Combining physical and digital manufacturing

Microsoft’s Indranil Sircar discusses how weaving together digital and physical environments is enabling manufacturers to optimise processes, predict business outcomes and elevate the customer experience

Jacqui Griffiths
By Jacqui Griffiths on 16 December 2022
Combining physical and digital manufacturing

Astute investment in digital transformation has become the hallmark of an efficient, resilient and innovative manufacturing organisation.  

Now, industry leaders are using mixed reality, autonomous systems and digital twins – virtual replicas of real-world entities and processes – to unite digital and physical environments and enable continuous optimisation.  

“Manufacturing companies are looking for ways to manage and optimise their operations and supply chains to become more resilient, efficient, sustainable and profitable,” says Indranil Sircar, chief technology officer of manufacturing and supply chain at Microsoft. “Leveraging their existing digital transformation investments while implementing digital twins and digital threads empowers companies with simulation, predictive insights and automation. It gives them a view of their business that spans the past, present and future.” 

Microsoft Azure is the thread that weaves these digital and physical environments together, and the company is ensuring that every developer and organisation can get the best from it.  

“Microsoft Cloud for Manufacturing was built to leverage inherent Azure capabilities like the internet of things (IoT), high performance compute and storage, zero-trust security, partner application ecosystems, confidentiality, data sovereignty, streamlined technology stacks, cloud-to-edge development and artificial intelligence,” says Sircar. “It is the foundation on which digital engineering, digital twins and digital threads are built and from which enterprises will consume ready-made services and build their own custom services.”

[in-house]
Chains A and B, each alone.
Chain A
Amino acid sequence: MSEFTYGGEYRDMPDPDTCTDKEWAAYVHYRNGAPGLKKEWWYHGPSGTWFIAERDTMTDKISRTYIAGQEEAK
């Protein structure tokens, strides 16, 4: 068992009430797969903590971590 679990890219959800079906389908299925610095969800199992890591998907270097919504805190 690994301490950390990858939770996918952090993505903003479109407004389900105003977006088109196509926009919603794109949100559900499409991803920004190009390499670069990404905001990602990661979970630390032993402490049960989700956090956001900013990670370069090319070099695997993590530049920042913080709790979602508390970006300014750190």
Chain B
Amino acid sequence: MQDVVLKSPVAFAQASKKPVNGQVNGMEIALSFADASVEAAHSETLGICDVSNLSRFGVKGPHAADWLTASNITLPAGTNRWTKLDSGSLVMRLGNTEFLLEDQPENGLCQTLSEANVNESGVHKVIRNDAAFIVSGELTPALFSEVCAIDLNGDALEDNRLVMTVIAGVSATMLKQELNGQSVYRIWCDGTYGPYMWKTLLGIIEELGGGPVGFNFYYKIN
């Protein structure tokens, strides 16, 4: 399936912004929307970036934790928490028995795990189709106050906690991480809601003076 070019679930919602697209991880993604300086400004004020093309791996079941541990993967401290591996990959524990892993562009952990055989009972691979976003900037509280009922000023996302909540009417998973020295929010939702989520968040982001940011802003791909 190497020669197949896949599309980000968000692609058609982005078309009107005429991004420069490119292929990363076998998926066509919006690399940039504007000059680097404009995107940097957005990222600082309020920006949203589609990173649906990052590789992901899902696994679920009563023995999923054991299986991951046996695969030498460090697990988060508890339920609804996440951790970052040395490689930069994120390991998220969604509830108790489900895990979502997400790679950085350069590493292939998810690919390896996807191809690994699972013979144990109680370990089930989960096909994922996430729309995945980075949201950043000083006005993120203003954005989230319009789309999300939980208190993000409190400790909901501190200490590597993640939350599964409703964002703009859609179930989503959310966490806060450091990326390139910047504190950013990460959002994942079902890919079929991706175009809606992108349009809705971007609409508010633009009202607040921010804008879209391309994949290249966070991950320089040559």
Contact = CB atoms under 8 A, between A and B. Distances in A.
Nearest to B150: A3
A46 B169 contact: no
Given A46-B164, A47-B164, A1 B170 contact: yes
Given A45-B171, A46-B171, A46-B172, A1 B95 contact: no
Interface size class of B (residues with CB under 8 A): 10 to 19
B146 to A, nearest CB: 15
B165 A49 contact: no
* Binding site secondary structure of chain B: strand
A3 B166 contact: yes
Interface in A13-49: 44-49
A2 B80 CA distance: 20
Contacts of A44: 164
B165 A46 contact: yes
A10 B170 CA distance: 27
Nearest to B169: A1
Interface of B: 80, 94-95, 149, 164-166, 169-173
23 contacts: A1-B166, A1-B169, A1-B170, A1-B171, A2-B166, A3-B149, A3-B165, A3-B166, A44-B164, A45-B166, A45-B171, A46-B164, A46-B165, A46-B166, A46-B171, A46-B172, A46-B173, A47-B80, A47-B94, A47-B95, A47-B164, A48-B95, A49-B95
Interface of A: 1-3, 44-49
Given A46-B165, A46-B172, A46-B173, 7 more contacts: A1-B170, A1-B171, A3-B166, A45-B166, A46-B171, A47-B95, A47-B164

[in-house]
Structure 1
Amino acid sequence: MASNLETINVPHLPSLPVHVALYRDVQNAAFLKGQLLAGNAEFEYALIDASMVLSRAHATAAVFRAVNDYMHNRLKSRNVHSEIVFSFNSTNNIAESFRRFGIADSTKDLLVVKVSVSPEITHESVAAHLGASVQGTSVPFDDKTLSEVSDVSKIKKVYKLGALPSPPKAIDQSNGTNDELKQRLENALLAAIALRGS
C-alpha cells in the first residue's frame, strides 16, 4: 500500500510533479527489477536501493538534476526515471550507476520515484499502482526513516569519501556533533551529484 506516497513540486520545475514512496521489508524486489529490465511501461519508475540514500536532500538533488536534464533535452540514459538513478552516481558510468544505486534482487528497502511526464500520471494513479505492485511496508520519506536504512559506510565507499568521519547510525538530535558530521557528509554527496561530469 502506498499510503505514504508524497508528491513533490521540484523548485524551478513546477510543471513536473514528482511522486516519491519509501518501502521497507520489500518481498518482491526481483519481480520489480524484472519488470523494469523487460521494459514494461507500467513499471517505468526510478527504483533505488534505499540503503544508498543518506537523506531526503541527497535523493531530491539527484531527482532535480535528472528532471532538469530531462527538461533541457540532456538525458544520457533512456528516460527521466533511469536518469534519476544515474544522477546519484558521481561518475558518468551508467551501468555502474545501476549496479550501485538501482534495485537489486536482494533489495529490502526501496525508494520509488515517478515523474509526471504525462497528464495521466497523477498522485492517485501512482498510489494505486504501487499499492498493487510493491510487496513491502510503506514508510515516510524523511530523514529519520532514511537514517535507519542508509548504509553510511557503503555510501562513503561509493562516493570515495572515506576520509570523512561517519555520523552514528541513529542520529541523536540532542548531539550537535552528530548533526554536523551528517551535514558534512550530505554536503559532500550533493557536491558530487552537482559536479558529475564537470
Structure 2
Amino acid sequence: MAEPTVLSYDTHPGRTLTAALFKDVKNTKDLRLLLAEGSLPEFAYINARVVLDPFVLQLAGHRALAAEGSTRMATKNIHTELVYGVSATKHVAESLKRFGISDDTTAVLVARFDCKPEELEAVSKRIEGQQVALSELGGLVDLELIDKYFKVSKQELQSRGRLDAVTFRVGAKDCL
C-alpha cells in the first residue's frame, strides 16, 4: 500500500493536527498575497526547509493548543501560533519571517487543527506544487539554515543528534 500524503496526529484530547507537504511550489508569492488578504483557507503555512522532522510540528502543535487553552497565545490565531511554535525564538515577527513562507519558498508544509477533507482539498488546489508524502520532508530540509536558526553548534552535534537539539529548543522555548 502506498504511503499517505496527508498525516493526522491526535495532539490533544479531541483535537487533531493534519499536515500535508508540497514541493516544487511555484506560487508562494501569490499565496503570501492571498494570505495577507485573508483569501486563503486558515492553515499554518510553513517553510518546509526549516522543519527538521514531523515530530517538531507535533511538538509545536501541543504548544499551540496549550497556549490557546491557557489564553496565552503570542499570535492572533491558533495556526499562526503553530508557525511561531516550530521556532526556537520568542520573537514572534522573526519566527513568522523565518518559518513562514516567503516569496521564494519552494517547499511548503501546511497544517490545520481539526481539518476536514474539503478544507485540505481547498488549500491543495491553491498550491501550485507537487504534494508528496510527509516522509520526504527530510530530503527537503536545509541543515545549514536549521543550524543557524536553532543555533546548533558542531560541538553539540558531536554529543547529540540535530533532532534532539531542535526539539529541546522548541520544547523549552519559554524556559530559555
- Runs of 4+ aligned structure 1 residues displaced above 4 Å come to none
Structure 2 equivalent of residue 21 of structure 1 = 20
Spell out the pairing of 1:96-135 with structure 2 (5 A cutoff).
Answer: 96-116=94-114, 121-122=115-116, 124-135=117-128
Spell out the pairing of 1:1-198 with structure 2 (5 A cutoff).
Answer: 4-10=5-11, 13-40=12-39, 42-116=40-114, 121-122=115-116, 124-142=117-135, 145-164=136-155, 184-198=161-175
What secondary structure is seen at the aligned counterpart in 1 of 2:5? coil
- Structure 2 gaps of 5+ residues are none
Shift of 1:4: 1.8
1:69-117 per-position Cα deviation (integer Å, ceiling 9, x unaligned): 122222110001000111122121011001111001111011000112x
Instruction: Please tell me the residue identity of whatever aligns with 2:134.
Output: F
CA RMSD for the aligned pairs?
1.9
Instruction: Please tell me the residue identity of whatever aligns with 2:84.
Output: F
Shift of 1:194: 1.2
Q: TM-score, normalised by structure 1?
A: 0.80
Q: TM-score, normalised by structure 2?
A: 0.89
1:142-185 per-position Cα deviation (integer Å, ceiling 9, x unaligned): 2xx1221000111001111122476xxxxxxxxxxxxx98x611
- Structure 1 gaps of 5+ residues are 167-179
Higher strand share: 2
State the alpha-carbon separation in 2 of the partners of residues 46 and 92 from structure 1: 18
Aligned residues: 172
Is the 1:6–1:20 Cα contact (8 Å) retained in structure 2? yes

Already, these technologies are yielding the insights that are crucial for resilient and sustainable manufacturing. At Bosch, for example, Azure digital twin technology has taken human-machine collaboration to new levels to enable perfectly timed maintenance to ensure equipment effectiveness. Bosch’s integrated asset performance management solution, powered by a digital twin that runs on Azure, lets rotating machines such as turbines and electric motors indicate when they need maintenance, helping them to run with optimal costs and maximum efficiency. 

Meanwhile, a collaboration between Microsoft and Mercedes-Benz illustrates how manufacturers can use simulations to gain a better understanding of how cost, quality and sustainability intersect. AI, digital twins and data analytics have been harnessed to develop the automaker’s new data platform that connects passenger car plants to the Microsoft Cloud. It provides real-time feedback to solve supply chain bottlenecks and dynamically allocate resources to prioritise low-emission and top-end luxury vehicles – with a 20 per cent improvement in vehicle production efficiency expected by 2025. Sustainability is also prioritised as analytics tools monitor and forecast carbon emissions, energy and water usage and waste management.